Correction appended: Sept. 26, 2012.
The recently-opened Lt. Michael P. Murphy/Penn State Veterans Plaza was vandalized Monday, after marks from bicycle tires were made on the right panels of the memorial.
The Penn State Office of Physical Plant first noticed the marks and notified Penn State Police at about 8:30 a.m. Monday, OPP Spokesman Alex Novak wrote in an email.
Novak also said that the incident has been filed with police and that it is considered an act of vandalism.
Police could not be reached for comment as of press time Monday.
The marks appear on about three and a half panels to the right of the Greek writing, with a few faint marks closer to the middle of the plaza.
Novak wrote OPP is reviewing options for cleaning the tire tracks off the wall. Novak added that the university is “outraged and disappointed at this defacing of a monument to our nation's bravest.”
Some students took it upon themselves to clean up the Plaza, including Carl Chindblom (sophomore-sociology), who served in the U.S. Army for five years and is currently a member of the Penn State University Veterans Organization.
Chindblom wrote in email he first saw that the Plaza was vandalized on Facebook, and within minutes organized with other Penn State veterans to clean up the area.
“When I saw the marks on the plaza in person I was outraged and felt the need to do my best to remove the blemishes on such a great memorial,” Chindblom wrote. “As a veteran, I remember the sacrifices made by my brothers and sisters in arms everyday, and to have our Veterans Plaza defaced saddens me that people did not think of the importance of this symbol.”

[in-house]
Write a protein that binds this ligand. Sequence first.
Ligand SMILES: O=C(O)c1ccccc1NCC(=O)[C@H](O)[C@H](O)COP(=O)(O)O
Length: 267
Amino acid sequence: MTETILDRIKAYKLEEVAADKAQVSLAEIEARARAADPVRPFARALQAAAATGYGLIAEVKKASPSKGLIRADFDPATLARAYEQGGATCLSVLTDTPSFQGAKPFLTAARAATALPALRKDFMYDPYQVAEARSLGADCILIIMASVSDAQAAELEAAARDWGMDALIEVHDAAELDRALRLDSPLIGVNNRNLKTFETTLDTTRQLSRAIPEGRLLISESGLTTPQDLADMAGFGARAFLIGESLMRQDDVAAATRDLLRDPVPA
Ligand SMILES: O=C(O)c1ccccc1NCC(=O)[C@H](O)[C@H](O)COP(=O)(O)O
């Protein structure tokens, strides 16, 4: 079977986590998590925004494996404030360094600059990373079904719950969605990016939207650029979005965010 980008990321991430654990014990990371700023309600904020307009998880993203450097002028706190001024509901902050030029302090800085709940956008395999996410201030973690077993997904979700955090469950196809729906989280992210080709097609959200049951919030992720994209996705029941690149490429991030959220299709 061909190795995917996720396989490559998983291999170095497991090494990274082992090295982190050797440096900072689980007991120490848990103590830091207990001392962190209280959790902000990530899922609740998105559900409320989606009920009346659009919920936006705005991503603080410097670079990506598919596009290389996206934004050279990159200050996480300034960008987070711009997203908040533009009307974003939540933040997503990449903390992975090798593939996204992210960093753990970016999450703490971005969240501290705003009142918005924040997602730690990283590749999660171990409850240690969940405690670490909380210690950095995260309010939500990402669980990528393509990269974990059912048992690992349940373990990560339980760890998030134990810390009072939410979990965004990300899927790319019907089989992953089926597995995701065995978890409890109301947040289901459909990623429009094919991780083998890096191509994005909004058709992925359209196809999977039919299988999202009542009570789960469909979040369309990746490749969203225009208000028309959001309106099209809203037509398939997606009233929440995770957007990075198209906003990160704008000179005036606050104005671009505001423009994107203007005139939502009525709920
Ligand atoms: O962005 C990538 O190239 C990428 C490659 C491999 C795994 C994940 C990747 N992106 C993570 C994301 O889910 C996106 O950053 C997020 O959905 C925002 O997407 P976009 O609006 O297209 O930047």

Penn State student Janee Minor said she saw the vandalism early Monday evening.
“It’s horrible,” Minor (junior-kinesiology) said. “This is for a person or people who served our country and they’re the reason why we’re able to do what we do today.”
Penn State Veteran’s Organization President Corey Lonberger wrote in an email that he hopes whoever did the act comes forward and turns themselves in.
“It's a shame that anyone would purposefully damage anything here on campus, especially a memorial dedicated to a Penn State alumni that was awarded the highest decoration any person in this country can receive,” Lonberger wrote.
Corey Punko (sophomore-civil engineering), who served in the U.S. Marine Corps from 2005-2010, said he was sad to hear that someone could have vandalized something to represent the veterans on campus.
“It really hurts,” Punko said. “The veterans on campus finally had a mark on the school and I’m upset that someone’s got to go and trash it.”
Collegian staff writer Sarah Peters contributed to this report.
An earlier version of this article incorrectly stated the language of the writing on the plaza. The writing on the plaza’s panels is in Greek.The above article reflects the correct information. The Daily Collegian apologizes for this error.